GAINESVILLE -- Florida coach Will Muschamp continues to improve his Twitter skills.
“It's a work in progress,” he said, jokingly. “My 9-year-old and 12-year-old have helped me.”
After several recent misadventures where Muschamp accidentally publicly tweeted -- rather than direct messaged -- prospective recruits, Florida’s coach made a light-hearted attempt soliciting social media help.
“It's really unfair,” Muschamp said. “When you get a message sent to you, it also goes to your text and then you respond to your text -- not that I violated any of the NCAA rules because you are not allowed to text -- then it goes out. It's not a direct message, it's a message for everybody. You learn the hard way in life sometimes.”
Muschamp avoided any wrath by the NCAA by not mentioning the recruit(s) by name, but the coach has instructed his staff to take precautions by not putting a prospects name “on anything” moving forward.
“Hey, you live and learn," he said. "The social media thing is interesting. I can you that. It's a way that you've got to be able to understand how to do it to be able to communicate with recruits. That's a huge part of it.”
The Gators, like most schools, monitor prospects and current players’ Twitter accounts, with Muschamp noting social media is simply part of the evaluation process nowadays.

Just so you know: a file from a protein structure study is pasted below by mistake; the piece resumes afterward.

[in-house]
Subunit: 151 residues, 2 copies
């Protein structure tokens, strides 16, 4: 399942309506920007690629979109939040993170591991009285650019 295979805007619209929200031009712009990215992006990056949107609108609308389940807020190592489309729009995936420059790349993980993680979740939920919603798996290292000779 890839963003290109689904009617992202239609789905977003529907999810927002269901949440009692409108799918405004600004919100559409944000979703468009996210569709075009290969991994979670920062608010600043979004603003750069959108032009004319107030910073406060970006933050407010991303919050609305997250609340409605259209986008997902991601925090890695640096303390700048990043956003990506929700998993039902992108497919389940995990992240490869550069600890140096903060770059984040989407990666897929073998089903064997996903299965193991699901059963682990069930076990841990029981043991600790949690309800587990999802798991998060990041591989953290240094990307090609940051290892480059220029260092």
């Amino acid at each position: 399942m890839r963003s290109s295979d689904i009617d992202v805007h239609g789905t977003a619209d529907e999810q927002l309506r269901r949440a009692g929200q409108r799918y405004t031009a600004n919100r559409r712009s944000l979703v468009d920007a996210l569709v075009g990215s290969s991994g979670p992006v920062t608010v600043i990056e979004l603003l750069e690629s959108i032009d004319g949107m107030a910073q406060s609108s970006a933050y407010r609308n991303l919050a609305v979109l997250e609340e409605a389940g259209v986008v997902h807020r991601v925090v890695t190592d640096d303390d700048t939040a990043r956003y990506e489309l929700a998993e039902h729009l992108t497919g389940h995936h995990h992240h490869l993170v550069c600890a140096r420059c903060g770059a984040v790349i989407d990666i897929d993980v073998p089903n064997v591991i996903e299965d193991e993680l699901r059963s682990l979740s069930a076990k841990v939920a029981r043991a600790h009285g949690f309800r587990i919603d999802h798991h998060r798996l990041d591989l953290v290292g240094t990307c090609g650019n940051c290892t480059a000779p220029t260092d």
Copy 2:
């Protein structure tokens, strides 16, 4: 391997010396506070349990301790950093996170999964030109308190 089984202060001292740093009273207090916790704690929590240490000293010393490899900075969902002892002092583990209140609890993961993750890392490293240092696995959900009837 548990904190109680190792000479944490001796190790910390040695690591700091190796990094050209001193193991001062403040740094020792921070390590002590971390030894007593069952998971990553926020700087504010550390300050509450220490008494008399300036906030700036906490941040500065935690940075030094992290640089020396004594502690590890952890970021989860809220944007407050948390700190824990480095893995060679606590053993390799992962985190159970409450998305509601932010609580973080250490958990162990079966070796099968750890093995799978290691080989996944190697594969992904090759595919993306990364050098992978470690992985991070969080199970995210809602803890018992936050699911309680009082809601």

“When they press send it’s out there,” he explained.
“There has been some situations that we’ve communicated with the perspective student athlete and said, “Where exactly are we, what road are we headed down here?” We may have talked to the high school coach, the principal and people within the school to find out more about exactly what messages are trying to be sent here. There’s no question there’s a lot of issue that can be made from the messages on a public social media. I’ve told our players this story all the time. I had a player one time that was going for a visit to a pro team coming out of college and jokingly made a tweet that was not viewed very humorously by the organization. The general manager called me and said, “What’s the deal with this guy?” It ended up, he was a defensive tackle that got drafted in the second round as opposed to end of the first round. … It cost him about $3.5 million based on where he was picked. I tell our guys all the time that I don’t ban them from Twitter but we try to monitor those things as best we can.”
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